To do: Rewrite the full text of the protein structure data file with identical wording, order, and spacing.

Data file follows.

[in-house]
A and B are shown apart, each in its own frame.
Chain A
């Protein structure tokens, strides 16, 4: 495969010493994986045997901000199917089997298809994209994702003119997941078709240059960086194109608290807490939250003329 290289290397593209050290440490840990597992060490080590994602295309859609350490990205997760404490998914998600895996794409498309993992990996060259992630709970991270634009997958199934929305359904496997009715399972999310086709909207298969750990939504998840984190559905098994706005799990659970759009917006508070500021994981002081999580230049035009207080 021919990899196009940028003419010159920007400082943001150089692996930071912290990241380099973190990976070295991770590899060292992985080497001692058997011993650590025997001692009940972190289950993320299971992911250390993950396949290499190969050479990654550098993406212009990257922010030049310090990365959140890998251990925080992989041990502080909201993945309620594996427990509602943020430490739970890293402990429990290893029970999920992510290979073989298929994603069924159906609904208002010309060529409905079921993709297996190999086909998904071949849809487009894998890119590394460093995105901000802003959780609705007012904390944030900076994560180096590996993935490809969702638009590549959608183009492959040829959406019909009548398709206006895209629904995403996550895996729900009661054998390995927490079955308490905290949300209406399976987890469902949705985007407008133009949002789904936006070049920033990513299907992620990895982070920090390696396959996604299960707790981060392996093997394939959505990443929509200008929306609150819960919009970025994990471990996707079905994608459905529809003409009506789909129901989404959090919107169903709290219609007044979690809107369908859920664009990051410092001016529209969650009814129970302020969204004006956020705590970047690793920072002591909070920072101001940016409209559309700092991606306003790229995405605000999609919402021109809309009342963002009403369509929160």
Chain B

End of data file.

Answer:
[in-house]
A and B are shown apart, each in its own frame.
Chain A
């Protein structure tokens, strides 16, 4: 495969010493994986045997901000199917089997298809994209994702003119997941078709240059960086194109608290807490939250003329 290289290397593209050290440490840990597992060490080590994602295309859609350490990205997760404490998914998600895996794409498309993992990996060259992630709970991270634009997958199934929305359904496997009715399972999310086709909207298969750990939504998840984190559905098994706005799990659970759009917006508070500021994981002081999580230049035009207080 021919990899196009940028003419010159920007400082943001150089692996930071912290990241380099973190990976070295991770590899060292992985080497001692058997011993650590025997001692009940972190289950993320299971992911250390993950396949290499190969050479990654550098993406212009990257922010030049310090990365959140890998251990925080992989041990502080909201993945309620594996427990509602943020430490739970890293402990429990290893029970999920992510290979073989298929994603069924159906609904208002010309060529409905079921993709297996190999086909998904071949849809487009894998890119590394460093995105901000802003959780609705007012904390944030900076994560180096590996993935490809969702638009590549959608183009492959040829959406019909009548398709206006895209629904995403996550895996729900009661054998390995927490079955308490905290949300209406399976987890469902949705985007407008133009949002789904936006070049920033990513299907992620990895982070920090390696396959996604299960707790981060392996093997394939959505990443929509200008929306609150819960919009970025994990471990996707079905994608459905529809003409009506789909129901989404959090919107169903709290219609007044979690809107369908859920664009990051410092001016529209969650009814129970302020969204004006956020705590970047690793920072002591909070920072101001940016409209559309700092991606306003790229995405605000999609919402021109809309009342963002009403369509929160």
Chain B